In this study we measured T-cell responses to lipid antigens using CD1b tetramers, which bind to antigen-specific TCRs5. Although the four types of human CD1 antigen-presenting molecules (CD1a, CD1b, CD1c, CD1d) are related in structure3, CD1b has distinct cellular and immunological functions. As compared to other human CD1 proteins, CD1b shows particularly strong recycling through the most acidic endosomes6,7, use of a particularly capacious cleft to capture large lipids8, and it is uniquely expressed on a subset of activated macrophages in the periphery9. CD1b was the first of the human CD1 proteins discovered to present exogenous antigens10. There is extensive evidence for its presentation of mycobacterial lipids to T-cells, including mycolic acids11, lipoarabinomannan12, glucose monomycolate13, phosphatidylinositol dimannoside (PIM2)14, glycerol monomycolate15 and sulfoglycolipids16,17. More recent results show that CD1 protein expression18 or CD1-restricted T-cells, can respond to lipids from other human pathogens, including Borrelia burgdorferi19 and Gram negative bacteria20.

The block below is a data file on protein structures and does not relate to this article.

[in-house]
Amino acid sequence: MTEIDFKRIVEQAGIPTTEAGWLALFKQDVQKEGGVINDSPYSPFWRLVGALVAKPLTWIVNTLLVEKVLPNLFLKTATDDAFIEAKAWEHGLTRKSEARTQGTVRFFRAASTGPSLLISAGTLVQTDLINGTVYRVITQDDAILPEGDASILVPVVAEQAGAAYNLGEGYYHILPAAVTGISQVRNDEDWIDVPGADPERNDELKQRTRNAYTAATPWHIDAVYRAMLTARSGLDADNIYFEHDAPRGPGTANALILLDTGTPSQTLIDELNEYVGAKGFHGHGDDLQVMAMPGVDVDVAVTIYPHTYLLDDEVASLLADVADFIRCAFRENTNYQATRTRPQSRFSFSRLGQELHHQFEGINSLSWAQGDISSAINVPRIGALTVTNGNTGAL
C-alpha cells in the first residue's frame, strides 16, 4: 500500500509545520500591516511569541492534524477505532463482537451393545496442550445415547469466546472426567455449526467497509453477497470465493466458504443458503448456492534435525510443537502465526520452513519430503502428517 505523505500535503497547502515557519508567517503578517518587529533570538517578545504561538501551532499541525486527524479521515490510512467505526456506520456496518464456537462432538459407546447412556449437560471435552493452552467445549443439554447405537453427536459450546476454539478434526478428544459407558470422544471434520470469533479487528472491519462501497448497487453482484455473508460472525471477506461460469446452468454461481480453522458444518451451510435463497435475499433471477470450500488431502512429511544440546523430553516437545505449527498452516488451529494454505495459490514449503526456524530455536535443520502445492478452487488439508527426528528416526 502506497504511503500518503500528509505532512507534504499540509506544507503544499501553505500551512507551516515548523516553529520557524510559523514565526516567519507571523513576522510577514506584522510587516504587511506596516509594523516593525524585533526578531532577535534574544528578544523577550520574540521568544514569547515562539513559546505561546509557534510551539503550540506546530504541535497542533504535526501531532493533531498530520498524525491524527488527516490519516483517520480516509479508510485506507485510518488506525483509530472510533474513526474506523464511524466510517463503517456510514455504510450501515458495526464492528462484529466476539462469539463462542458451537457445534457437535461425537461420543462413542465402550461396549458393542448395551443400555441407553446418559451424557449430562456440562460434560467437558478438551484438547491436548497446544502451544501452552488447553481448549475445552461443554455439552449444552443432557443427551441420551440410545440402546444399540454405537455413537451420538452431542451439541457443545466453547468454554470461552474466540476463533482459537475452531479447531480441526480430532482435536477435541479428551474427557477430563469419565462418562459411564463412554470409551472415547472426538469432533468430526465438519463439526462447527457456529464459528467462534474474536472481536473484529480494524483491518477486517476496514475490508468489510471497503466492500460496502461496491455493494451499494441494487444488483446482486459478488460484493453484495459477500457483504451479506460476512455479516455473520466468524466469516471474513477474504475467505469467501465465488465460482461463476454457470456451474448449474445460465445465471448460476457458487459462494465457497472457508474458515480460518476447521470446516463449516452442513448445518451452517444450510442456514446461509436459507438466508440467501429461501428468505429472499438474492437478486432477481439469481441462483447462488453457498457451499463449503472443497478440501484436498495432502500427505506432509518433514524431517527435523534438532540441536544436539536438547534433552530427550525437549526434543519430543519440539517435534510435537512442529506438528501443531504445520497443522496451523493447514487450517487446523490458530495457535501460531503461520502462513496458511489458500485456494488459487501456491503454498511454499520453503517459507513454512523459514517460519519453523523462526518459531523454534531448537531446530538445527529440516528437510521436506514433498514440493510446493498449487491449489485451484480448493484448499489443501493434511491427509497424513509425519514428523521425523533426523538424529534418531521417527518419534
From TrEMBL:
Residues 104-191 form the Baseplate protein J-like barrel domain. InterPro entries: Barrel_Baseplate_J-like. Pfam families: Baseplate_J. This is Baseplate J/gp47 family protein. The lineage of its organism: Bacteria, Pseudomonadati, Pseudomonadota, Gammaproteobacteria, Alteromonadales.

To investigate potentially new targets of CD1b-mediated T-cell response, we undertook an effort to detect human T-cells responding to mycobacterial diacyltrehalose, Borrelia burgdorferi glycolipid 2 and bacterial lipid extracts. The goal of the study was to select for foreign antigen-specific T-cells, and in so doing, identify new bacterial antigens. The approach was based on the premise that mechanisms of negative selection likely bias the peripheral T-cell repertoire toward TCRs with specificity for foreign lipids. We selected for foreign lipid reactive T-cells by using CD1b tetramers treated with pure bacterial ligands or complex lipid extracts from bacterial pathogens. Unexpectedly, we derived a series of CD1b-autoreactive T-cells lines with broad responses to common self-phospholipids that are widely expressed in human cellular membranes. After identifying a distinct pattern whereby T-cells respond broadly to phospholipids in preference to sphingolipids, we solve the basis of this response via a ternary crystal structure of a CD1b–phosphatidylcholine–TCR complex.


CD1b-autoreactive T-cell lines are frequently isolated